Location: Poisonous Plant ResearchTitle: Cyclopamine-induced Synophthalmia in Sheep: Defining a Critical Window and Toxicokinetic Evaluation) Author
Submitted to: Journal of Applied Toxicology
Publication Type: Peer Reviewed Journal
Publication Acceptance Date: 2/5/2009
Publication Date: 3/16/2009
Publication URL: www.pprl.ars.usda.gov
Citation: Welch, K.D., Panter, K.E., Lee, S.T., Gardner, D.R., Stegelmeier, B.L., Cook, D. 2009. Cyclopamine-induced Synophthalmia in Sheep: Defining a Critical Window and Toxicokinetic Evaluation. Journal of Applied Toxicology, 29:414-421. (www.interscience.wiley.com) DOI 10.1002/jat.1427 Interpretive Summary: Early evaluation of the chronology of teratogenicity of V. californicum in sheep indicated that the plant must be ingested between gestation days (GD) 10-15 in order to cause synophthalmia malformations. It was later reported that GD 14 is the critical day for synophthalmia malformations to occur, as it was observed that ewes dosed with V. californicum on GD 11-13 and 15-16 all had normally developed fetuses. These data suggest that the critical window for synophthalmia formation is approximately one day. The objective of this study was to better define the critical window of susceptibility and relate this susceptibility to the toxicokinetics of the Veratrum alkaloid, cyclopamine. The results from this study support previous findings that the critical window for synophthalmia formation is short. Even though we found that ewes dosed on GD 13 in addition to GD 14 are susceptible to synophthalmia formation, the exact time of conception is still inaccurate and consequently with the methods employed here we cannot more accurately define the critical window. The pharmacokinetic analysis demonstrated that the elimination of cyclopamine from sheep is very quick indicating that the plant must be consumed in sufficient quantities during the very narrow critical window for teratogenesis to occur. Also, the observations made in this study suggest that severely deformed lambs develop at a much slower rate than less deformed lambs and that deficiencies in placentation may play a role.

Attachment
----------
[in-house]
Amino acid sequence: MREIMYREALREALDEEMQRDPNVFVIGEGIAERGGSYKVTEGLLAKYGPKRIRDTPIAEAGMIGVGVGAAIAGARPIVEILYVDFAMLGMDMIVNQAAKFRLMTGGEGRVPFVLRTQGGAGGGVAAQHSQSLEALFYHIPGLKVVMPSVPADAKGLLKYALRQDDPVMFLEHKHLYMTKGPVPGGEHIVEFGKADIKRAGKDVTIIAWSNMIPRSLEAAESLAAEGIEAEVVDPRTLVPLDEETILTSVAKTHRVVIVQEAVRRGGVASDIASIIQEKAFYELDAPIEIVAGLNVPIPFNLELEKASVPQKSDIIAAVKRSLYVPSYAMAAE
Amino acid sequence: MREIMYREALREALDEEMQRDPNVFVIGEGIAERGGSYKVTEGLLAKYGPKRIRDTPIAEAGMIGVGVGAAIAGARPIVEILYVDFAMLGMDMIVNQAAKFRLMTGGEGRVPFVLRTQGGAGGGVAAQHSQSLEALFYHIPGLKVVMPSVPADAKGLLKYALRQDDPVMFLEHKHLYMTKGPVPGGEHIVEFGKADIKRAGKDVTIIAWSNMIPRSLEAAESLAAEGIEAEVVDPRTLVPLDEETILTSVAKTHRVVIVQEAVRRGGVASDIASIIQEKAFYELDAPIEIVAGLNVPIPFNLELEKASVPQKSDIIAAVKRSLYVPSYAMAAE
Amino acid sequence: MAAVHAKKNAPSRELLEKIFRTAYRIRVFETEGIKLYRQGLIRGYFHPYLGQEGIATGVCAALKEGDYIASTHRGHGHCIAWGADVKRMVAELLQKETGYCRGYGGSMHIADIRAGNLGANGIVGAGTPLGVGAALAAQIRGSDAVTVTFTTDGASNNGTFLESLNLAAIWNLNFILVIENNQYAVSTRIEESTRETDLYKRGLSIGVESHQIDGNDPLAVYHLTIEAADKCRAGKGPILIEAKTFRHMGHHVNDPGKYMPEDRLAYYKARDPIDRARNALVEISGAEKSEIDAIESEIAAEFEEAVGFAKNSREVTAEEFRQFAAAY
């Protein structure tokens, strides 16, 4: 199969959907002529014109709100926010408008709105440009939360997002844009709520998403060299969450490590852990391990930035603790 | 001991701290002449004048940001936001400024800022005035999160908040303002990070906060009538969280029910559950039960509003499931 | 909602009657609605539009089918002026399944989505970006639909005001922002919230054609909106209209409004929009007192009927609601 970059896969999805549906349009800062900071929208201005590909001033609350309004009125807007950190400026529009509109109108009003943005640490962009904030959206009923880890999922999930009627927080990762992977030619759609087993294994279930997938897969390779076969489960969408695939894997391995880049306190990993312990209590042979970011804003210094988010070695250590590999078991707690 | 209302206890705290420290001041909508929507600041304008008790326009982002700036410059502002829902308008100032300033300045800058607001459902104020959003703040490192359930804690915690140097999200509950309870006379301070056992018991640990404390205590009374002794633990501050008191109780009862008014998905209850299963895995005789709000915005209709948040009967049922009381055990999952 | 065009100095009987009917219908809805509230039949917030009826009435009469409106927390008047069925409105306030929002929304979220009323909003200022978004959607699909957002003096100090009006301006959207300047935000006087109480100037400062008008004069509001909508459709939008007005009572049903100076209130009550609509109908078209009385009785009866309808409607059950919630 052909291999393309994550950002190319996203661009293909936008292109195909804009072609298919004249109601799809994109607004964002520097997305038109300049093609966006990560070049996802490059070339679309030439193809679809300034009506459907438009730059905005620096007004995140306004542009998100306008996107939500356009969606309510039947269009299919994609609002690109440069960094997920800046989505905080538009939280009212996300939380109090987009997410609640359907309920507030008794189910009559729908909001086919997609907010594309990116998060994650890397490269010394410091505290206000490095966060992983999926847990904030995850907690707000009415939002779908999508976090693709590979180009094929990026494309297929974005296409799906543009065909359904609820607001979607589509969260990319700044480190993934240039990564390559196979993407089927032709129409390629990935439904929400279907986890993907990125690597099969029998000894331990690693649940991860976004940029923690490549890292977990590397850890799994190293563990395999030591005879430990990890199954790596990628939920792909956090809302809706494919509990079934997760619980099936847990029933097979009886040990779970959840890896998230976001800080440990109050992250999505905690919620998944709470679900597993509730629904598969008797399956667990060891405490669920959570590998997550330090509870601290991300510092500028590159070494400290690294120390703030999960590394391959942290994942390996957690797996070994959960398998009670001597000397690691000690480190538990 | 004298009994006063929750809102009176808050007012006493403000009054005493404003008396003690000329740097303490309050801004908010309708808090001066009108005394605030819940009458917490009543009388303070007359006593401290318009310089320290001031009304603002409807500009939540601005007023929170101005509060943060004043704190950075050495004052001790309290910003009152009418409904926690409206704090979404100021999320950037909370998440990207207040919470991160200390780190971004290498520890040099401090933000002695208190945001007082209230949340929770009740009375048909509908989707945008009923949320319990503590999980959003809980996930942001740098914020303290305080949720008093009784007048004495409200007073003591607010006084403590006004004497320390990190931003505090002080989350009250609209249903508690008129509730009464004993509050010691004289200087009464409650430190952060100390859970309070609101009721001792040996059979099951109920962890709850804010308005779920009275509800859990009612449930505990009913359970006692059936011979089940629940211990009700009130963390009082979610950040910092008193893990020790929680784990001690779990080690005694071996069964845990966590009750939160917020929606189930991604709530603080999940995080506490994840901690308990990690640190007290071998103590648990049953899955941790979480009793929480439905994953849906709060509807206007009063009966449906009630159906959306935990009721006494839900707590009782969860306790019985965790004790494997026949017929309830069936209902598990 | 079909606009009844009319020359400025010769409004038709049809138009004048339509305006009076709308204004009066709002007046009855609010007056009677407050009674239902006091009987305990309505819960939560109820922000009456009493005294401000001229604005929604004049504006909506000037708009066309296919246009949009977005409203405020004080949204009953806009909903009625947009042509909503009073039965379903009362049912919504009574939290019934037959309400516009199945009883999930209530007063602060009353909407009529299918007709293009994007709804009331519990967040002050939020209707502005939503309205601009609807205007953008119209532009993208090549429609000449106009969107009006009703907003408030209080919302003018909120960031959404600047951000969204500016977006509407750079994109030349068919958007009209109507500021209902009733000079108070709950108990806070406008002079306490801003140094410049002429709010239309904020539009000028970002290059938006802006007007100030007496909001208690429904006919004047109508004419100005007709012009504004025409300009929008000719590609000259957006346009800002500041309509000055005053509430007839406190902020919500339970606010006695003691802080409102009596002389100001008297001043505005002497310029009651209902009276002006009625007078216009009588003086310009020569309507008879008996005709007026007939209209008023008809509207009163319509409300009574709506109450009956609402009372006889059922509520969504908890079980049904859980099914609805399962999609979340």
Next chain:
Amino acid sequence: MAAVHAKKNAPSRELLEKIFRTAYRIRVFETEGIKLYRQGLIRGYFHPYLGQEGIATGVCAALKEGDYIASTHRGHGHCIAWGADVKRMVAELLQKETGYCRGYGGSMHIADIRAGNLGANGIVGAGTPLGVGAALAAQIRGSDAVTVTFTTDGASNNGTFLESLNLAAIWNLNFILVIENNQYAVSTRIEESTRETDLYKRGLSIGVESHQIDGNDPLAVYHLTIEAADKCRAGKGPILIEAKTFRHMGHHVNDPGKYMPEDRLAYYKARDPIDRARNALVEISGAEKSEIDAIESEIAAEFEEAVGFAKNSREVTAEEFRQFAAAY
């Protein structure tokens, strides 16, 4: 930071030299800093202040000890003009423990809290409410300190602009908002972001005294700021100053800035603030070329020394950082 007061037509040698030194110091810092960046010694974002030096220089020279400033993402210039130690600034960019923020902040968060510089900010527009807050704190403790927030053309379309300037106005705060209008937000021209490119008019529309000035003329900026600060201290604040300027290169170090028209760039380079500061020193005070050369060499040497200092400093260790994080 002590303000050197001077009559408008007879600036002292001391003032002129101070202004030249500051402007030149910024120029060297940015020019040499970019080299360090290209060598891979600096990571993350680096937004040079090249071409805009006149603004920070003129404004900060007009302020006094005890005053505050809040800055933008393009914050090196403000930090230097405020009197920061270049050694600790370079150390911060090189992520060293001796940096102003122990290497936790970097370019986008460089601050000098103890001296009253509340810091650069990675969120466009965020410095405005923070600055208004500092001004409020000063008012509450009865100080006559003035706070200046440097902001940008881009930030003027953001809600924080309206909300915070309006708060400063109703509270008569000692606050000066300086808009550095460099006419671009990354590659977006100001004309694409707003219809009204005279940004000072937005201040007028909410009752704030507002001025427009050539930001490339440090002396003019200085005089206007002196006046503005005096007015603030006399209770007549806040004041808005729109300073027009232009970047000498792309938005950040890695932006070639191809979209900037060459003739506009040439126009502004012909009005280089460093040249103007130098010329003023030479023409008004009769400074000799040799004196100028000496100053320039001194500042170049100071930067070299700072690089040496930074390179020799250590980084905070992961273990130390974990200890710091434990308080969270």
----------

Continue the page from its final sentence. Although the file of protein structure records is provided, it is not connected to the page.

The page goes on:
Technical Abstract: BACKGROUND: Cyclopamine, a steroidal alkaloid, from the plant Veratrum californicum is teratogenic in sheep causing a series of craniofacial, skeletal, and other defects. The critical window for cyclopamine-induced synophthalmia formation was reported in the 1950s to be gestational day (GD) 14. The purpose of this work is to better describe the extent of cyclopamine-induced teratogenesis in sheep, to better define the window of susceptibility to synophthalmia formation, and to characterize the pharmacokinetics of cyclopamine in sheep. METHODS: Five western white-faced ewes were dosed I.V. with purified cyclopamine for pharmacokinetic analysis. Another four groups of five ewes each were dosed orally twice daily with 0.88 g/kg of ground V. californicum root material on either GD 13, 14, or 15 or consecutively on GD days 13-15. Pregnancy and pre-partum fetal malformations were determined by ultrasound imaging on GD 60. At parturition lambs were assessed for gross malformations. RESULTS: The elimination half life of cyclopamine in ewes was determined to be 1.1 ± 0.1 hours. Ewes dosed with ground V. californicum root on GD 13 or 14 had lambs with various craniofacial malformations. Ewes dosed on GD 15 delivered normal lambs. Ewes dosed consecutively on GD 13-15 were all determined to be non-pregnant at 60 days gestation and Veratrum-induced embryonic death was assumed to be the cause. CONCLUSIONS: Cyclopamine is rapidly cleared indicating that ingestion of V. californicum must occur during a very narrow window for teratogenesis to occur. Treatment of pregnant ewes on GD 13 or 14 resulted in synophthalmia and other craniofacial deformities. Lambs with severe malformations, such as cyclopia were smaller, under developed, and appeared premature even though their normal twin counterpart appeared fully developed. Retrospective evaluation suggested that the cyclopic fetuses’ placental development was delayed in comparison to the normal lambs.